Business Leader Magazine recently interviewed one of the richest people in Britain under the age of 30 – Chris Phillips.
Chris made his first million at the age of 18 through a football scores website he created as a tech-savvy teen. This idea then evolved into his first company, Dot 5 Hosting – an online hosting platform.
He sold the company to American hosting company iPower and is now worth over £70 million – more than musician Ed Sheeran or tennis player Andy Murray.
Now Chris gets involved in investment projects in leisure, tech, retail and property across the UK and has used his youthful, entrepreneurial flair to his advantage.
How did you manage to make your first million at 18 years old?
I was never a big fan of school; I am dyslexic and just wasn’t engaged. While the rest of my friends were getting their GCSE’s and A-Levels I knew I needed to figure something out that didn’t necessarily rely on my qualifications at school.
At 16 I was a big football fan and with the emergence of the web, I decided to make a football scores website mainly for myself and my friends.
It dawned on me that instead of paying someone to host my website, someone could pay me to host theirs. I founded Dot5 Hosting and two years later sold the company, making my first million
Were you always interested in technology?
I was the right age when the dot com boom went off, to be involved in that industry when businesses moved online sparked my interest in tech and it’s an area Just Develop It are still very much involved today.
One of our recent investments is MyPT Hub, which has helped take personal training online.
I could not run my company without my iPhone, I use Whatsapp to keep in touch over email, and my house is a completely run by automation. Most of the team would be surprised to learn that I’m actually the biggest techie of them all!
How did you start out your entrepreneurial journey?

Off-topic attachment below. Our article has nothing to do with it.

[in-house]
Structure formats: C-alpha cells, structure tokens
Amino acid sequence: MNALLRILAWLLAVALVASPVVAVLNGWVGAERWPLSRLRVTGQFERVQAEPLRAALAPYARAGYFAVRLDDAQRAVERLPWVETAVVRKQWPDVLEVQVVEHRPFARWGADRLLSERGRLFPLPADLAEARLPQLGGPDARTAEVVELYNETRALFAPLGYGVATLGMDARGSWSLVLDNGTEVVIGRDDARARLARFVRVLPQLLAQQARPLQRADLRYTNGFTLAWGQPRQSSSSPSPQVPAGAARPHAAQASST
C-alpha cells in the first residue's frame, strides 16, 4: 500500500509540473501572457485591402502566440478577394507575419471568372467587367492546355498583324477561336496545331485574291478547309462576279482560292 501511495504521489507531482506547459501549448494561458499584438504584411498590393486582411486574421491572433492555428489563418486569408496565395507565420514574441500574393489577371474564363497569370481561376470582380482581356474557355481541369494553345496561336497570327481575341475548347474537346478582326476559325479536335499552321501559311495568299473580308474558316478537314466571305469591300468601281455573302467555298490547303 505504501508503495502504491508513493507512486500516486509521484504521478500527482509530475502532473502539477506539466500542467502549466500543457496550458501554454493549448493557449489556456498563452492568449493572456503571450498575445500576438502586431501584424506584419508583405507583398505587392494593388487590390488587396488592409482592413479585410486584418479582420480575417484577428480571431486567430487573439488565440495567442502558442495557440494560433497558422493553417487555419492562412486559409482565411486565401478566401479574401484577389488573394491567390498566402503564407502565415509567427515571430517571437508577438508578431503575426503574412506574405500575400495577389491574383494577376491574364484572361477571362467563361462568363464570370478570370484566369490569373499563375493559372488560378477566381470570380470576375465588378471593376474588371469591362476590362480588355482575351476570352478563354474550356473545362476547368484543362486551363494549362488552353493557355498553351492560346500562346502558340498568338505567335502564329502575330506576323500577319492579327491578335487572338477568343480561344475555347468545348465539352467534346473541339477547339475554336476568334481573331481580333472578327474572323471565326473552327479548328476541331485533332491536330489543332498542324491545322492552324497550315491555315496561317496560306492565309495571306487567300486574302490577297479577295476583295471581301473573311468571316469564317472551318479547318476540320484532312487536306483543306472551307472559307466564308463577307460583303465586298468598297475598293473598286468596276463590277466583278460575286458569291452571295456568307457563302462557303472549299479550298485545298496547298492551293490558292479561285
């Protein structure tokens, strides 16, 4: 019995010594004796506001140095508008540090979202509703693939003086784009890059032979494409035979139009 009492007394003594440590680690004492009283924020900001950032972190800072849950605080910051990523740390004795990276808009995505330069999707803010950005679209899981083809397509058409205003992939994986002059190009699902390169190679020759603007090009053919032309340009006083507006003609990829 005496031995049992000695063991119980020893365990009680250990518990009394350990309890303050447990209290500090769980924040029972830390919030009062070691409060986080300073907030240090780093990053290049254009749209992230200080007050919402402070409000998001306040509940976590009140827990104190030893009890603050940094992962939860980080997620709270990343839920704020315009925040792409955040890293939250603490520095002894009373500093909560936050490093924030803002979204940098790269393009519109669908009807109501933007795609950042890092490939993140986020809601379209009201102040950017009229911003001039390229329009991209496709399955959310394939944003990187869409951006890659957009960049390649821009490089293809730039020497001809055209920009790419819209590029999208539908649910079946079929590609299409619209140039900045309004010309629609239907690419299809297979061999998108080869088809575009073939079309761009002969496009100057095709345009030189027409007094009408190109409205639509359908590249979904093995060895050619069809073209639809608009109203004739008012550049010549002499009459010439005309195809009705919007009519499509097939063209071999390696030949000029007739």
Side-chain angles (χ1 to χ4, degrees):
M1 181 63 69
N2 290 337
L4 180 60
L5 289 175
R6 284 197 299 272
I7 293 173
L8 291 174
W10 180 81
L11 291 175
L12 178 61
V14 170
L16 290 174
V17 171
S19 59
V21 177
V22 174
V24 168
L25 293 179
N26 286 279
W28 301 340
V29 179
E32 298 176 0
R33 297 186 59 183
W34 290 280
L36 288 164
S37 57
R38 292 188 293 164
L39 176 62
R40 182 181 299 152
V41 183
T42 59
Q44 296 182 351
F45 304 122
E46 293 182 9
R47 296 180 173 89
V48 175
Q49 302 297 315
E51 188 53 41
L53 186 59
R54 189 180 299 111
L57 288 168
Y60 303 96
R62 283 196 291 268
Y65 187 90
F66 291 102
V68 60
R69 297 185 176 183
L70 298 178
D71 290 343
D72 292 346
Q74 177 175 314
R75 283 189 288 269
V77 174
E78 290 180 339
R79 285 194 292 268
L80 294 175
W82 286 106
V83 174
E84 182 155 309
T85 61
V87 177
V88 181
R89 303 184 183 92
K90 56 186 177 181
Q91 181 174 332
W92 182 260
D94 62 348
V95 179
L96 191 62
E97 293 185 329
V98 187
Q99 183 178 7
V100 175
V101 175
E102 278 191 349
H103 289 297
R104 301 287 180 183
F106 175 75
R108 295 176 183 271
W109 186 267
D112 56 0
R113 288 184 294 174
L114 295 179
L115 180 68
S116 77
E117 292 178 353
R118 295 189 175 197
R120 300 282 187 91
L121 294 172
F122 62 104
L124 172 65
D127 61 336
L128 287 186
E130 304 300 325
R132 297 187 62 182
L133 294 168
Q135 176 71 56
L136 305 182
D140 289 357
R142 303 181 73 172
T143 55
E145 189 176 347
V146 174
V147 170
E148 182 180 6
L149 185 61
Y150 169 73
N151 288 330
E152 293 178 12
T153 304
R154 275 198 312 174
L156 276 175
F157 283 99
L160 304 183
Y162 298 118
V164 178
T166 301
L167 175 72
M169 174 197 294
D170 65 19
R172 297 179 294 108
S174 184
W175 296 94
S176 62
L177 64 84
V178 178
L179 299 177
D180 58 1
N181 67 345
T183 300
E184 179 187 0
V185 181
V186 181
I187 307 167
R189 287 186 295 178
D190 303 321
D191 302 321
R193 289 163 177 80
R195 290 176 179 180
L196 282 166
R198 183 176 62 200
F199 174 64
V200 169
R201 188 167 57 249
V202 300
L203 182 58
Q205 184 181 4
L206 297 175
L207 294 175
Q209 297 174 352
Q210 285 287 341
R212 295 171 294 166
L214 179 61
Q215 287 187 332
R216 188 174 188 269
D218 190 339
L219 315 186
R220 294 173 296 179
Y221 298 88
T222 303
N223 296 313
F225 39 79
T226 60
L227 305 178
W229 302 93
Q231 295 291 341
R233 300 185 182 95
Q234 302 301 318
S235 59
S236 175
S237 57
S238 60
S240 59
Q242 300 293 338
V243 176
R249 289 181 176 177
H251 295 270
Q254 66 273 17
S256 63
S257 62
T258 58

After starting my first business at 16, and selling it two years later, I quickly caught the entrepreneurial bug.
Although I started out in technology, I’ve always believed in people over products so it was inevitable at some point I would branch out and invest in other industries. Over the years the opportunities I have had to invest in, or start, a business have more often than not been down to the people involved.
How did you grow your business and wealth?
As Just Develop It grew in terms of the technology projects, we also expanded into property, leisure, clothing and restaurants.
I’ve personally found that it’s the ability to find and foster relationships with the right people at the right time that results in success. I’ve tried to surround myself as much as possible with people that have key business skills and experience that prove invaluable in helping companies prosper and grow
What were the main challenges you faced and how did you overcome them?
Early on, I faced a lot of challenges to do with the operations side of the companies I started.
As I continued to invest and learn, those failures have proved to be the biggest lessons I’ve learnt.
The only way to overcome a challenge is to throw yourself into every opportunity that comes your way, use your intuition and prove your worth – then your track record speaks for itself.
What other entrepreneurial ventures have you been involved in?
In the last year an investment I’m working closely with is Xclsuive Jets, aviation is a completely new industry for me and it has been incredibly exciting to learn and immerse myself in a new venture.
The team have been fantastic to work with and the speed at which they are growing is unheard of for the industry, it’s been exciting to be a part of it.
Can you explain the importance of investments particularly given the UK’s current political climate?
The past couple of years we’ve seen a great deal of change in the UK’s political climate and while that goes on, there’s an uncertain atmosphere lingering.
Rather than waiting to see what happens, now is the time for investors to hit the ground running and really boost our countries business landscape.
Small to medium sized business make up 99% of the UK’s private sector and we need to make sure they have the right investment to thrive. In my opinion, British start-ups in general can be held back by their fear of failure.
This can result in being content to tick over and plod along at a rate that keeps risk low, people’s need for control often encourages them to think about how small they can stay rather than how big they can be.